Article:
Featured on the blog today is Fotolia contributor Mirko Grisendi aka hurca.com and his collection of over 1000 vector files that all feature a simple and straightforward style. With a handful of colours, stylised forms and a fresh style, Mirko is able to easily communicate a concept or an idea without needing to add too many words. Let’s hear more about it from Mirko!
Hi Mirko! Tell us something about yourself and how you start to collaborate with Fotolia?
Hello! I’ve been working in design and communication since the ‘90s and I’ve worked with print media, the web, comic books and videos. I discovered Fotolia a couple years ago when I was purchasing photos, videos and illustrations for my graphic projects.
I especially enjoyed the vector illustrations and decided to play this game trying to create the same items I was buying.
Today, I have more than thousand vector files published on Fotolia and, after two years, my sources of inspiration and motivation continue to grow.
Can you tell us something about your creative process? How long it takes to complete each work?
I chose the “essentiality” as a constant for my jobs.
As suggested by Fotolia’s philosophy, the images must leave space for the imagination of those who will use them. The challenge is therefore to create subjects that lend to reprocessing or to the user’s completion on the use that will do.
Therefore, I often create three or more chromatic variations of the same illustration. With some projects, I choose not to ask for everyone’s opinion, preferring to redraft the form, graphics and colour with every new person and imagine many different possible applications. I spend several hours on more complex and detailed subjects, but generally, when the idea is already clear and the subject uncomplicated, the picture will take shape within a few minutes.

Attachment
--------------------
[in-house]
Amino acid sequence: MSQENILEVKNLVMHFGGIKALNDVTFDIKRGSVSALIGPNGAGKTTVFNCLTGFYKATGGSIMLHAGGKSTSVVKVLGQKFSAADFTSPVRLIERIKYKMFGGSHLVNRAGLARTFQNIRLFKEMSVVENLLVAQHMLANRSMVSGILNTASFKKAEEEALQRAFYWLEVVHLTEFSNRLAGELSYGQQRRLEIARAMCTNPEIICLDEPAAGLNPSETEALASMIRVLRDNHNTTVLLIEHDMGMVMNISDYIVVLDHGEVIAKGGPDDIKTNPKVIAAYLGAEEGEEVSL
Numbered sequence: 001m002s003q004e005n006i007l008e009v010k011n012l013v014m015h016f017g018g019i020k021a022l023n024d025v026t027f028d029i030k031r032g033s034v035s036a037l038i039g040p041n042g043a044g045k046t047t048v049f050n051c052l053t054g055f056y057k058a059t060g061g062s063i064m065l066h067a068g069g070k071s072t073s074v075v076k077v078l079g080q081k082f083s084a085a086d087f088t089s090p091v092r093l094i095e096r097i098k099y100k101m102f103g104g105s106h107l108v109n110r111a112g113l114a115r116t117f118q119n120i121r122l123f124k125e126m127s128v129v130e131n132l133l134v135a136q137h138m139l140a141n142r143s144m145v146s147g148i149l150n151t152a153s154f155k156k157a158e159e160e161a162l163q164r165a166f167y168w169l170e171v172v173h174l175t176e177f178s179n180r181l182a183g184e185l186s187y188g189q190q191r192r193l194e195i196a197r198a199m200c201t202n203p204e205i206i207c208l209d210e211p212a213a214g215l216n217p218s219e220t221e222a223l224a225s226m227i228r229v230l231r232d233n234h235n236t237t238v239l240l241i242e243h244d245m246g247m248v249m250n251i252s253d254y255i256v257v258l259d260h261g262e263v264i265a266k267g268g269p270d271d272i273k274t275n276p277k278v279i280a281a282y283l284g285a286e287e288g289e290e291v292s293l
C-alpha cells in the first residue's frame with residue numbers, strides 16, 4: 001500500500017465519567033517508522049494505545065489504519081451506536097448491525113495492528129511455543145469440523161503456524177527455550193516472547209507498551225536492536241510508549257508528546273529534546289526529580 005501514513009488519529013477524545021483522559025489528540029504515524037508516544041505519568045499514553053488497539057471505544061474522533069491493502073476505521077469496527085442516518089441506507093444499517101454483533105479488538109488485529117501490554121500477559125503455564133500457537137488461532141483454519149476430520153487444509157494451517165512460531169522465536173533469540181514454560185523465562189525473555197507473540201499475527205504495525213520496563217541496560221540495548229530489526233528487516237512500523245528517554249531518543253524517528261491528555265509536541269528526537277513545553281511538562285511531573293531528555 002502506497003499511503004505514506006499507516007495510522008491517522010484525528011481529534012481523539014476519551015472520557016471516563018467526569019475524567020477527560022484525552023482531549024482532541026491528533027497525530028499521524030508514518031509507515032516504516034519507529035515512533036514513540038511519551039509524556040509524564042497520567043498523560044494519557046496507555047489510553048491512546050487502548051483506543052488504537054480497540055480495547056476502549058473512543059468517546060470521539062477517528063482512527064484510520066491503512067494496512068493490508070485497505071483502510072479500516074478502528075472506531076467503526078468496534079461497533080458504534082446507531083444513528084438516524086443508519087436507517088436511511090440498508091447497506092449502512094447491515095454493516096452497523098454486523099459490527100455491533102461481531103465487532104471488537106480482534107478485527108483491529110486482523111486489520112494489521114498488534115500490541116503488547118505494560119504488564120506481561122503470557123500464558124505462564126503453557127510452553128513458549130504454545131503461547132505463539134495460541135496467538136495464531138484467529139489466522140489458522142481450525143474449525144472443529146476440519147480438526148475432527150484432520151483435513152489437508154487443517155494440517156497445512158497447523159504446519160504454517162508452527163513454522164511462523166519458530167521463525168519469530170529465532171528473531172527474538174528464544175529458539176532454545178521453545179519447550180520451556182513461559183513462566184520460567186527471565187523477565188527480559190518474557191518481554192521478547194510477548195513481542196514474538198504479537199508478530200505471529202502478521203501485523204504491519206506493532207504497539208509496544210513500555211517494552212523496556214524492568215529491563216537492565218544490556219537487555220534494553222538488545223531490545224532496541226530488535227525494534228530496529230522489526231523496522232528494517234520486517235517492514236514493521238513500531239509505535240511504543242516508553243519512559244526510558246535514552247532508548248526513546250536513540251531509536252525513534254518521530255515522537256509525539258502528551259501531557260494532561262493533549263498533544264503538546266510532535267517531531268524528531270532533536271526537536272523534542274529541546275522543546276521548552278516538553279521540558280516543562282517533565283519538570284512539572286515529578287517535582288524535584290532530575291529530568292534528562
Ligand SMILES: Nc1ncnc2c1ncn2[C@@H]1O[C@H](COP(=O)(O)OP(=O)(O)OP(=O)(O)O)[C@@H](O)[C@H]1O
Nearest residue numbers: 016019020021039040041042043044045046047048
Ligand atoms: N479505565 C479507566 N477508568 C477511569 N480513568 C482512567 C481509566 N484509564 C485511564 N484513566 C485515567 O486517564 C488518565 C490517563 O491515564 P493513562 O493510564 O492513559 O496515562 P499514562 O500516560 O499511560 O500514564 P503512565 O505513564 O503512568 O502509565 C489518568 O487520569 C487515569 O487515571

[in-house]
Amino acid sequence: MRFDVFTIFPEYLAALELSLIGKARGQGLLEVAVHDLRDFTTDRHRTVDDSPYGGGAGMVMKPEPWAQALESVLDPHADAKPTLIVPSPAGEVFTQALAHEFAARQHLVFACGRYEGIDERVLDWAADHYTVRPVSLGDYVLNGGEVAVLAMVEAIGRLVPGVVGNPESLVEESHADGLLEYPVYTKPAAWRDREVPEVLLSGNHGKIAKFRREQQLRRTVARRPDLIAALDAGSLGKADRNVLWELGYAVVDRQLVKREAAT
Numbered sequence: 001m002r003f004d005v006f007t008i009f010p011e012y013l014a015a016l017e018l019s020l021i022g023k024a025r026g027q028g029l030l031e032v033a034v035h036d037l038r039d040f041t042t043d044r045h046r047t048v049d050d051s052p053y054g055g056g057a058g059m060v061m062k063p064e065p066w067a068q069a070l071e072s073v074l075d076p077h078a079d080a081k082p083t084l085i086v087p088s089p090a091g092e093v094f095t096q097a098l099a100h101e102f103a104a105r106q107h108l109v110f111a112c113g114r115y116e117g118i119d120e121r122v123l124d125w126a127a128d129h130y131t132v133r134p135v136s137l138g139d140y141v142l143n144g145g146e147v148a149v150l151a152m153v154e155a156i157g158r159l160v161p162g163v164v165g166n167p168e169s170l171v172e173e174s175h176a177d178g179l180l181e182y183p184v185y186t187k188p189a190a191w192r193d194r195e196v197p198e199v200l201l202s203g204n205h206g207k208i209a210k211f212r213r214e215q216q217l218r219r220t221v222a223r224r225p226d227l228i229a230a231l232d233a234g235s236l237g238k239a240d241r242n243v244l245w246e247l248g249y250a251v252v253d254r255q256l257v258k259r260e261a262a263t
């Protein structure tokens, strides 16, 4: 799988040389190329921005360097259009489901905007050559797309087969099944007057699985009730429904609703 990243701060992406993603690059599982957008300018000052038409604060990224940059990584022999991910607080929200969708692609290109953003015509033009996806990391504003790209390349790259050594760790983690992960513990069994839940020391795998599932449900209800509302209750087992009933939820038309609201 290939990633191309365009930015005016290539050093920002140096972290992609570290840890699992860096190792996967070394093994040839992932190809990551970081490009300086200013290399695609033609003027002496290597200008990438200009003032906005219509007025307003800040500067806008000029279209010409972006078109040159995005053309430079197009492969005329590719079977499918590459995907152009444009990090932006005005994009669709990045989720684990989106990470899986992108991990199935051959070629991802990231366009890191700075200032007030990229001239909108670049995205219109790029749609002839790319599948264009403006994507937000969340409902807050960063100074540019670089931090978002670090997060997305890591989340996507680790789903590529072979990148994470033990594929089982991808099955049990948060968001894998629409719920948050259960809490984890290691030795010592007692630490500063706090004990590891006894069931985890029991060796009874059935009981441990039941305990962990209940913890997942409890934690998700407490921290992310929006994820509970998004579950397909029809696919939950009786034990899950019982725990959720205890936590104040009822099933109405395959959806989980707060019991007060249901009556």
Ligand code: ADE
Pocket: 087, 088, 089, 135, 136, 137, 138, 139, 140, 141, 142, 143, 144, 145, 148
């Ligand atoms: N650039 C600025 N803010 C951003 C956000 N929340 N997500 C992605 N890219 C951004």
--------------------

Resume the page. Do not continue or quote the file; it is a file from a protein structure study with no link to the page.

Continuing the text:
What inspires you?
I like to cast a wide net, especially with projects on current affairs. Simply having a chat with friends and family or spotting an image on the street can trigger an idea for an interesting subject to represent. The next step is to seek a balance between style and concept to get the picture ‘talking’ and achieve a balanced and pleasing composition.
Are there artists who you admire and who inspire you?
In addition to the great masters of Impressionism and abstract artists, I admire a number of contemporary artists including: Oivid Hovland, Yakai Du, Eleanor Davis, Mauro Gatti, Christoph Niemann, However, I couldn’t say how much these influences are evident in my work. I often like to change technique, subject and style so it is likely that there is something of each of them in my illustrations.
Which are your bestselling works on Fotolia?
The works that are often downloaded are mostly clipart as opposed to more complex or detailed illustrations.
Why do you think these have been successful?
Projects that get right to the point feature subjects that are capable of capturing people’s attention. They provoke an immediate reaction and are valued for this reason, rather than for their symbolic importance.
Approval ratings are influenced by the choice of colours used. Some colour combinations seem to work better that expected. These include, for instance, images with more neutral colours and with few tonal variations.
For some subjects, I create a more extensive series wherein each image represents a variant of the same topic, as in the case of the series inspired by the Lego® bricks.
Thanks Mirko for this super nice interview!